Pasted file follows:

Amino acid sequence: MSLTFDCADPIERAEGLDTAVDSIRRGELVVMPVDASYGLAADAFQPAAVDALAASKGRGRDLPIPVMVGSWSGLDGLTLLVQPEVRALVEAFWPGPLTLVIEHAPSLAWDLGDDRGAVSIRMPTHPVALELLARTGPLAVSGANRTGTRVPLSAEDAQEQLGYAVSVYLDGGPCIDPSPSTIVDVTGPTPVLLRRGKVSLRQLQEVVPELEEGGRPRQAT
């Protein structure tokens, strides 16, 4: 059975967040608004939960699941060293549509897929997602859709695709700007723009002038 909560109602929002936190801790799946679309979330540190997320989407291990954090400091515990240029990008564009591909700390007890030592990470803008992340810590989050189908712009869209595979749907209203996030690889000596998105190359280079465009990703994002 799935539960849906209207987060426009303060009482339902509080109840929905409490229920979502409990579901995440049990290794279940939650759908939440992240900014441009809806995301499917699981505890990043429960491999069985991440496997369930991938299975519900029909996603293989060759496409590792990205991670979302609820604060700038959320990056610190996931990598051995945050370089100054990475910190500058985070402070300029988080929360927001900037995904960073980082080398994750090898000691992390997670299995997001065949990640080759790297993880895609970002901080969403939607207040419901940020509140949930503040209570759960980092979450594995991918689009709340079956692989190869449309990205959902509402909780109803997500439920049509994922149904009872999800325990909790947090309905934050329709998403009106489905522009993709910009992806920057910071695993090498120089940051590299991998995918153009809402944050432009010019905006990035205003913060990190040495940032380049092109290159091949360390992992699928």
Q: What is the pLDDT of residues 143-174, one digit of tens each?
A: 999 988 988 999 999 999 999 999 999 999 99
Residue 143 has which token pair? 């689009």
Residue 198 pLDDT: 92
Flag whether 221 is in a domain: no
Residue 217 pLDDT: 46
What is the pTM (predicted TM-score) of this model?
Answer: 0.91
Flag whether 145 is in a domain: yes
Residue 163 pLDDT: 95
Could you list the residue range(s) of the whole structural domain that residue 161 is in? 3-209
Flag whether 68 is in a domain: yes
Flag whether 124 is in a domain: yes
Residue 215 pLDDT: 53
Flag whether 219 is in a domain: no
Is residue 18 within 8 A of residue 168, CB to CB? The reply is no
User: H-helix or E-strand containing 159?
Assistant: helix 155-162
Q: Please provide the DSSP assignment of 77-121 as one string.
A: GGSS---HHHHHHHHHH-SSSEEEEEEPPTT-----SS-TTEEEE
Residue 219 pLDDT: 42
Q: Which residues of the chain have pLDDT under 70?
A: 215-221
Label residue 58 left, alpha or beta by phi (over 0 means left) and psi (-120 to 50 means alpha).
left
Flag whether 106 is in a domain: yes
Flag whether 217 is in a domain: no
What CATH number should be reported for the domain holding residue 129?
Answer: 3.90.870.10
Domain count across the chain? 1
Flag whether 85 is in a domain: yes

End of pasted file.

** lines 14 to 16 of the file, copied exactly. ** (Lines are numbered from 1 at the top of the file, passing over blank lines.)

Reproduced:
Flag whether 68 is in a domain: yes
Flag whether 124 is in a domain: yes
Residue 215 pLDDT: 53